What's Your Medical Billing AR Score? 5 Key Indicators of Accounts Receivable Health.


We certainly love our football in the South! Fans from both teams long for success on game day. That success hinges on how well each team sets its strategy and how well they follow through with that strategy. In the end, the team with the best score wins. A provider clinic is much like a football team. The success of your clinic depends on how well you strategize your procedures. A provider can measure success (the score) with certain key indicators.

In this article we list five key indicators which can help a provider determine how successfully their clinic is playing the medical billing game. Each of these key indicators can be calculated from information found in MediSoft Reports seen below in our example.

Gross Collection Percentage:

The GCP indicates the percentage of gross original charges (before any adjustments/contractual write-offs) that has been collected and can be expected to be collected on an ongoing basis. Because fees originally charged can be astronomically above the fee schedules of your insurance carriers, this ratio by itself does not reveal a great deal. It should be used in conjunction with the Net Collection Percentage (below) to help analyze the feasibility of your fee structure. If your practice is primarily non-insurance and most payment is received on the date of service, this ratio will likely be high. If your practice charges far more that the allowed amount then the result will be low.

This percentage is calculated by dividing dollar Collections by dollar Gross Charges [Collections / Gross Charges]. This calculation can (and should) be used on monthly results as well as quarterly, annually and with multiple years. The Rule of Thumb for the average practice with heavy insurance participation is 70-75%. The ratio could be as high as 90% for those primarily cash practices.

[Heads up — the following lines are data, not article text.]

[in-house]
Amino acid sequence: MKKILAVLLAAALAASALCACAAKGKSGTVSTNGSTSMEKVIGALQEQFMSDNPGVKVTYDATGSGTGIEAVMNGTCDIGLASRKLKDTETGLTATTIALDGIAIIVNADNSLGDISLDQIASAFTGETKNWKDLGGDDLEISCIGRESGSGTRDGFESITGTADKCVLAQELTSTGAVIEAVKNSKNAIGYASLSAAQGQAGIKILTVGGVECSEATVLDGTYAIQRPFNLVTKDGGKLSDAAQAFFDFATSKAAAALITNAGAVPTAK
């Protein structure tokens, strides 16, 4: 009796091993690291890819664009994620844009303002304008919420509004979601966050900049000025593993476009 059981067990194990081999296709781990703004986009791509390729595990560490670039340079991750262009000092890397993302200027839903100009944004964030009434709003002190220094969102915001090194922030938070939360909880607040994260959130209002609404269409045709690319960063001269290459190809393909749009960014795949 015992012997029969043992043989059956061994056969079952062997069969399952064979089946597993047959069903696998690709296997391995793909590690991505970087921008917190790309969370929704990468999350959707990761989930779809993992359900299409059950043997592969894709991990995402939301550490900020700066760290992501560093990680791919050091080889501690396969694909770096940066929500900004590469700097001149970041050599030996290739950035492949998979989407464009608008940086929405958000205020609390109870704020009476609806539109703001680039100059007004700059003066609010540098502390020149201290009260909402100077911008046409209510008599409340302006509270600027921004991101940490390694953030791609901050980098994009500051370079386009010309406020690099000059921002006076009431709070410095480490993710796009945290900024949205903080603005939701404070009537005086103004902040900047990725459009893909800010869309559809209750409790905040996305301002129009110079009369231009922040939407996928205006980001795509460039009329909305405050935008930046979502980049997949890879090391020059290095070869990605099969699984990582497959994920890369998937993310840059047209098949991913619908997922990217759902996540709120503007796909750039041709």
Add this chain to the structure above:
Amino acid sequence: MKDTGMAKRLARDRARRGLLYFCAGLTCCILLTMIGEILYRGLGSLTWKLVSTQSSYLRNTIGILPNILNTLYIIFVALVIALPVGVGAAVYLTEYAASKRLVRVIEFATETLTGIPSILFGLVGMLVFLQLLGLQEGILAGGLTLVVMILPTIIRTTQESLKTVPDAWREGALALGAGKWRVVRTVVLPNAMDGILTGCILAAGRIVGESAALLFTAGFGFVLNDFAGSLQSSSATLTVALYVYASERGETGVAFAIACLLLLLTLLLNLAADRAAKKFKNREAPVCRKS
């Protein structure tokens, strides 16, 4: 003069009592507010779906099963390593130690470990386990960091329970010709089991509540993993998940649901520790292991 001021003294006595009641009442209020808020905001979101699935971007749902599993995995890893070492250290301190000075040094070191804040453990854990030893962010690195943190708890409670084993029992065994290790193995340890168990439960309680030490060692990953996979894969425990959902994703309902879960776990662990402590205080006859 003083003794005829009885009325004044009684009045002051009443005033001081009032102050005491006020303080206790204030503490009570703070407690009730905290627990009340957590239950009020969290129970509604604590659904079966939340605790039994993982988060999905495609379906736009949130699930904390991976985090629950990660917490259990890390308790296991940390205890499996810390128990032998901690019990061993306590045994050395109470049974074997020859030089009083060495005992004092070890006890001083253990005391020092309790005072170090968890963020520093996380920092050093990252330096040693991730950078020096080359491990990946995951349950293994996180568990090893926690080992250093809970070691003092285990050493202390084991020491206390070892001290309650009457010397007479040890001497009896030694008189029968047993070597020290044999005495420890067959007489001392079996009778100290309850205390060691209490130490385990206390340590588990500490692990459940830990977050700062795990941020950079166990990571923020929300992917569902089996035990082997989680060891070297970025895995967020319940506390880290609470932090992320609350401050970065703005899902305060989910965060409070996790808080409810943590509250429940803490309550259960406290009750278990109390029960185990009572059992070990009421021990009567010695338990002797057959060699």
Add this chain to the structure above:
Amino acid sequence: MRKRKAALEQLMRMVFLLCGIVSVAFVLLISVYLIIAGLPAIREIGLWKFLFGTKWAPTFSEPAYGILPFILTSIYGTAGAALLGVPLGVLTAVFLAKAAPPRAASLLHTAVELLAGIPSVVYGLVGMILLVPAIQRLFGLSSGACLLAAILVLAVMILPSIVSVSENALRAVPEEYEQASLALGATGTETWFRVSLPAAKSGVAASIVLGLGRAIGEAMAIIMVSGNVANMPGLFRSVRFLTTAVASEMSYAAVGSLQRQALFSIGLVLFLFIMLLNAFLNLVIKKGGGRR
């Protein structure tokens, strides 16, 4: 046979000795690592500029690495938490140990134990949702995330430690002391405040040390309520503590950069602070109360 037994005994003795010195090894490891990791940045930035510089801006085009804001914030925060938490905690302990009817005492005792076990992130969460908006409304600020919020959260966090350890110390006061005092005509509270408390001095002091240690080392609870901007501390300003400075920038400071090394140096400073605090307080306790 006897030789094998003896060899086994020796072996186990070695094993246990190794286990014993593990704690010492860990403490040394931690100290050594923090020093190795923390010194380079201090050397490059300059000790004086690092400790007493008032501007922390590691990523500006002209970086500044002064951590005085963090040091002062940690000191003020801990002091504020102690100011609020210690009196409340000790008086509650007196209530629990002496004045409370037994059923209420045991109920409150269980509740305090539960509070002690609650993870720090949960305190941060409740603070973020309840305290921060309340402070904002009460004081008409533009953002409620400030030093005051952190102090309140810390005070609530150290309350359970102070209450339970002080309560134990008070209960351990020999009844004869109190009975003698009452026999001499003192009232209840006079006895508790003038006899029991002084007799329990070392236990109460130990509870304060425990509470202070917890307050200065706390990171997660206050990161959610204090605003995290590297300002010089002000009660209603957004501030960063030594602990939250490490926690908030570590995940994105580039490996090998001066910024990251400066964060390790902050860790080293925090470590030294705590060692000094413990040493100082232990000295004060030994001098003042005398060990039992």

Net Collection Percentage:

The NCP isolates the percentage of collections to a more realistic collectible amount. It eliminates the markup between the billed amount and the allowed amount which will have to be written-off. The monthly results of this indicator can vary depending on perhaps seasonal charge volume, how quickly the charges are billed and the pay lag of prominent carriers. For example, a provider may perform high dollar surgeries the last week of the month. Payment for the surgeries will probably not be seen until the next month or even two months after the surgeries depending on the payor.

This percentage is calculated by dividing dollar Collections by dollar Net Adjusted Charges [Collections / (Charges – Contractual Adjustments – Patient adjustments)]. The Net Collection Percentage goal ratio is to collect 90-100 % of all collectible charges. But be aware that a high Net Collection Percentage can also be covering up issues with loose adjustment practices. Require your billing clerk to use controlled unique adjustment codes for the types of adjustments (insurance, medical necessity, timely filing, patient bad debt, professional courtesy, etc.). Reviewing not only the monthly calculation but also quarterly, yearly and multi-year results is fundamental in the analysis of clinic success.

Important issues to note:

  • Contractual adjustments should be reviewed to determine if insurance carriers are appropriately adjusting per your agreement.

  • Are charges being billed out and error reports worked in a reasonable time frame after the date of service? Are you receiving timely filing denials?

  • Review remittance advices for denials. Do you have procedure denials due to medical necessity? Has your coder been trained on the official coding guidelines including modifiers? Review carrier policies to determine what diagnoses are deemed necessary to support that procedure. CMS procedure coverage lookup can be found here.